Hippie Cream's cult classic sci-fi musical is now available for streaming!
ORIGINAL PRESS RELEASE:
The psychedelic folk rock band, Hippie Cream, premiered their feature length musical June 17 at the historic Hemet Theatre in Hemet, California.
Hippie Cream began recording albums out of founder Cory Houdyshell’s garage in 2001 using an old PC and a microphone used for online telephone calls. The band then consisted of pianist/vocalist/guitarist and bandleader Houdyshell and bassist Travis Henderson. Since then the band has added five new members: Sean Daniel on percussion, Bob Olsen on guitar and lead vocals, Sean Longstreet on solo guitar and horns, and finally Houdyshell’s brother, official cow bell player and star of the film, Wesley Houdyshell. To date, the band has recorded 10 albums, constantly evolving their sound and the equipment they use to produce it.
The idea for a movie musical came about in a casual conversation between the Creamers and Daniel Maggio, a film student at San Jose State, longtime friend and fan of the band.
“All I had at that time was the title ‘Marty’s Magnificent Day-Glo Dream-a-Thon’ locked away in the abandoned ideas folder in my hard drive,” Houdyshell said. “In the back of my mind, it was something I wasn’t sure would ever actually happen.”
Maggio had previously directed music videos for Hippie Cream’s album “On the Moon” and was eager to work on a larger project with the group. The project evolved as a true collaboration with Cory Houdyshell and Maggio discussing story elements via phone and email as Maggio’s script and Hippie Cream’s album simultaneously evolved.
“When I first started writing the screenplay, there were six songs that existed. As the script developed, Hippie Cream recorded new music to go with it. Sometimes they would write new songs and I would incorporate them into the movie. Sometimes it would be the other way around,” said Maggio. In the end, there were 24 Hippie Cream tracks recorded specifically for the film, and even after the film wrapped band members continued to contribute soundtrack to the film.
Of the style of the film Maggio said, “It’s a science fiction B-movie musical,” influenced by “The Wizard of Oz” and “Rock N’ Roll High School” starring the Ramones.
“Marty,” like the Ramones film, is centered around the band’s biggest fan, Marty Fishman, whose lifelong dream is to become the sixth member of the group. After Marty learns that his Pee Paw, played by Walter Savell, is dying from a rare disease that will cause his eyeballs to fall out of their sockets, Marty searches the depths of his dreams to find a cure with the help of eccentric scientist Dr. Dream, played by Michael Tennant.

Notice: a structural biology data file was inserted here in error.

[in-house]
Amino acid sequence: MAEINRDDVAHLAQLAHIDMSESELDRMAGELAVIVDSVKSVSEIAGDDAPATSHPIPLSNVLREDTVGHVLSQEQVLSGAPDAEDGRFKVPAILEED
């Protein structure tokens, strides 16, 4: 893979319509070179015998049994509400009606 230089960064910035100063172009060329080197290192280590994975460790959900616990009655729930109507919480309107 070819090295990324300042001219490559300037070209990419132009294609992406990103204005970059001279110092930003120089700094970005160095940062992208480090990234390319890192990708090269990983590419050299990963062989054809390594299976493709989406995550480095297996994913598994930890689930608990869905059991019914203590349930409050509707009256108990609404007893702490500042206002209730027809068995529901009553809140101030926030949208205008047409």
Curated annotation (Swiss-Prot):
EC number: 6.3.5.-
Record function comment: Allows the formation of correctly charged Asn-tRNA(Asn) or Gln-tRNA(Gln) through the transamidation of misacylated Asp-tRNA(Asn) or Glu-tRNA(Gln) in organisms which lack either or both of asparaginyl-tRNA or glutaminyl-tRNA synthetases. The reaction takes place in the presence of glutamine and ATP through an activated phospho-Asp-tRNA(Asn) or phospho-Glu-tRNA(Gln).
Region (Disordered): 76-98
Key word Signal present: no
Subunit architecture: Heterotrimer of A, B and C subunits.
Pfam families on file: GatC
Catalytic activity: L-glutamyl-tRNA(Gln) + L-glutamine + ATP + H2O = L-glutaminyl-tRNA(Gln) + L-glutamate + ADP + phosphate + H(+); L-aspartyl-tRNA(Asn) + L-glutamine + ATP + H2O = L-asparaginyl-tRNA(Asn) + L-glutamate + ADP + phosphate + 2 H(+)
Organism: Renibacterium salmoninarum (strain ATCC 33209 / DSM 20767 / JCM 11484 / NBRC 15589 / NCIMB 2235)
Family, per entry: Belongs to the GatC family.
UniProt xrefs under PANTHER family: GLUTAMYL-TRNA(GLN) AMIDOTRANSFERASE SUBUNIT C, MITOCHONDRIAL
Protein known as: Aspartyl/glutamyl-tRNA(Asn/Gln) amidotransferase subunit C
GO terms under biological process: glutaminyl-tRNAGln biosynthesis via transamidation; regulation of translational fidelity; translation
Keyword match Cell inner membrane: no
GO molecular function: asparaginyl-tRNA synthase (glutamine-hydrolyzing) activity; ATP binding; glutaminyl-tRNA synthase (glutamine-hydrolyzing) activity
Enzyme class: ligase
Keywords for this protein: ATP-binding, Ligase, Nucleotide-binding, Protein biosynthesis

“As I started doing more research about the sleep cycle, I learned that the vividness of our dreams progresses as we sleep. The first dreams we have are very happy, with little anxiety, and we often don't remember them. As we get further in the sleep cycle we enter R.E.M. and our dreams become more vivid, realistic and potentially terrifying,” Maggio said. “Through the course of the movie, Marty goes through an entire sleep cycle, so the quality and anxiety of the dreams increases and each dream sequence has its own visual personality and tone.”
The actors take on various characters in each dream sequence, much like the “Wizard of Oz,” and like its classic influence “Marty” makes use of both black and white and color filming. The use of different cameras for each dream sequence mimics the mixing of genres and instrumentation on the Hippie Cream album, which features sounds influenced by folk, psychedelic oddities, hillbilly swing, and punk rock among the many styles represented.
“I love the idea of making propaganda films where you show the band in a positive light,” Maggio said. “If someone watches a movie about Hippie Cream’s biggest fan, they are more likely to become a fan of the band themselves. This movie is for everyone who is a Hippie Cream fan, but doesn’t know it yet.”
By Yvonne Flack - June 2011